9 Words Every Walker Should Know

You’ve probably gone for a walk and never thought further about calling it anything different. Or defined yourself in any other way than a walker. But in truth, there are many terms and words that define walking that just might open your eyes to the nuances that come with being a walker. Here are nine of our favorites.

  1. Hodophile. Does the thought of travel make you giddy? Are you ready to pack your bag at a moment’s notice? Feet feeling a little itchy if you’ve stayed in one place for too long? Then you might just be a hodophile, or a person who loves to travel. In case you can’t always get out of dodge, a long walk in a new location might do the trick.

  2. Nemophilist. You may be a nemophilist if you gravitate to spending time in or catching a glimpse of a forest. The scenery just may draw you in for a peaceful and rejuvenating walk.

  3. Coddiwomple. Just because you may not know where you’re going doesn’t mean you aren’t headed to where you need to be. It only means that you might be out on a coddiwomple, or traveling in a purposeful manner towards a vague destination. Just think of all the things you’ll discover along the way. 

  4. Solivagant. Getting out on your own, with only your thoughts to accompany you, can be just what you need to refocus and reset. So if you’re prone to solitary wandering, you may be a solivagant.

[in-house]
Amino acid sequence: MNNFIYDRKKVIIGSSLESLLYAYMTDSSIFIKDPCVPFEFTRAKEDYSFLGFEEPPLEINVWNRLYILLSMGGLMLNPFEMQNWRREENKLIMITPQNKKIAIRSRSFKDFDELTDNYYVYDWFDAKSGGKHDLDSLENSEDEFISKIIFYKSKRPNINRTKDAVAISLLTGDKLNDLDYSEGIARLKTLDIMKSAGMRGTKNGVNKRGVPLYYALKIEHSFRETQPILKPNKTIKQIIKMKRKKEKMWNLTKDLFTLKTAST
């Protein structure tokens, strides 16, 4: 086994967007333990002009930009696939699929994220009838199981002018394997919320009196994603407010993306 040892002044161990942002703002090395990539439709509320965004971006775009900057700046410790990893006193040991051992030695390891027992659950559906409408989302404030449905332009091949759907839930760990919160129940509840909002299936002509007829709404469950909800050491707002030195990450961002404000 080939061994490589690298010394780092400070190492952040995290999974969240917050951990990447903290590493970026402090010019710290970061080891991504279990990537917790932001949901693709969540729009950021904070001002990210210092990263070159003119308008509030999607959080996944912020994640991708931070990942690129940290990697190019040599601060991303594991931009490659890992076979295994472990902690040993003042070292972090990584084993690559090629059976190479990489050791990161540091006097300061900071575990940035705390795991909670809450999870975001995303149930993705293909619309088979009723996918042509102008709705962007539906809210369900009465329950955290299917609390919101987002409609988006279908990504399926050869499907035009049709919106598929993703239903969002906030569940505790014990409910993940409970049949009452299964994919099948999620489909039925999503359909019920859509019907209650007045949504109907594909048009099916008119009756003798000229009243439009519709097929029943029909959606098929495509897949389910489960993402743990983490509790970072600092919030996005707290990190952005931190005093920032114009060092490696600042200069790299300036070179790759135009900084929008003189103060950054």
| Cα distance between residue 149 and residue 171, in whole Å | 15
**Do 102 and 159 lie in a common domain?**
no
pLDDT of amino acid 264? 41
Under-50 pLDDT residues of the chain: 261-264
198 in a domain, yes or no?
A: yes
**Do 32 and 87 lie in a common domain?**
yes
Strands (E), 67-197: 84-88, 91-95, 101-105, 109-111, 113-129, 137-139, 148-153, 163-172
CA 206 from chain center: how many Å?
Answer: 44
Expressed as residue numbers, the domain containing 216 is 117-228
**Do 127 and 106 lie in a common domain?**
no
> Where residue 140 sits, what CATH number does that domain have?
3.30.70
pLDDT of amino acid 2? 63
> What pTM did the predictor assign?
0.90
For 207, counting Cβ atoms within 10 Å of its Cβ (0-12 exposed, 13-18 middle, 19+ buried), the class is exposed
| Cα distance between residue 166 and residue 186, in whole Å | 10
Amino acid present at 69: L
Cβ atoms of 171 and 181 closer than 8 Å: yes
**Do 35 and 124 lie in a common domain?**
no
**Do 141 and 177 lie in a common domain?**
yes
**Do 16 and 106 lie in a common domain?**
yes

5. Awe. Ever looked at the height of a mountain or the vastness of the ocean and stood there in disbelief? You’re probably experiencing awe, a feeling of inspiration and reverence leading to wonder. It just may stop you in your tracks and call for a moment of pause.

  6. Wayfarer. The greatest miles are often covered by foot, and if you agree, you can call yourself a wayfarer. Traveling by foot allows you to take in so much more of your surroundings and truly see the beauty that you might miss in other forms of transportation.

  7. Petrichor. Ah, the sweet smell of rain, especially after a period of dryness, is a scent you can conjure in your mind in an instant. And now you’ll know as soon as you step outside to that unforgettable smell that it’s called petrichor. Maybe that’s why taking a walk in the rain is so appealing.

  8. Shinrin-yoku. The Japanese have long had a practice of experiencing the forest through all their senses. The sounds, the smells, the sensations, the sights are all a way to take in and make contact with the atmosphere of the forest, also known as forest bathing, or shinrin-yoku.

  9. Noctambulate. Fancy a stroll in the moonlight? If you are drawn to a walk after dark, you like to noctambulate. And, no need to do this with your eyes closed, it’s not just for the sleepwalkers in the group!

Next time you grab your Jetti Poles and set out for a walk, take a new term or two with you. Who knows, perhaps you’ll discover something about yourself that you never knew to spur you forward in your walking journey!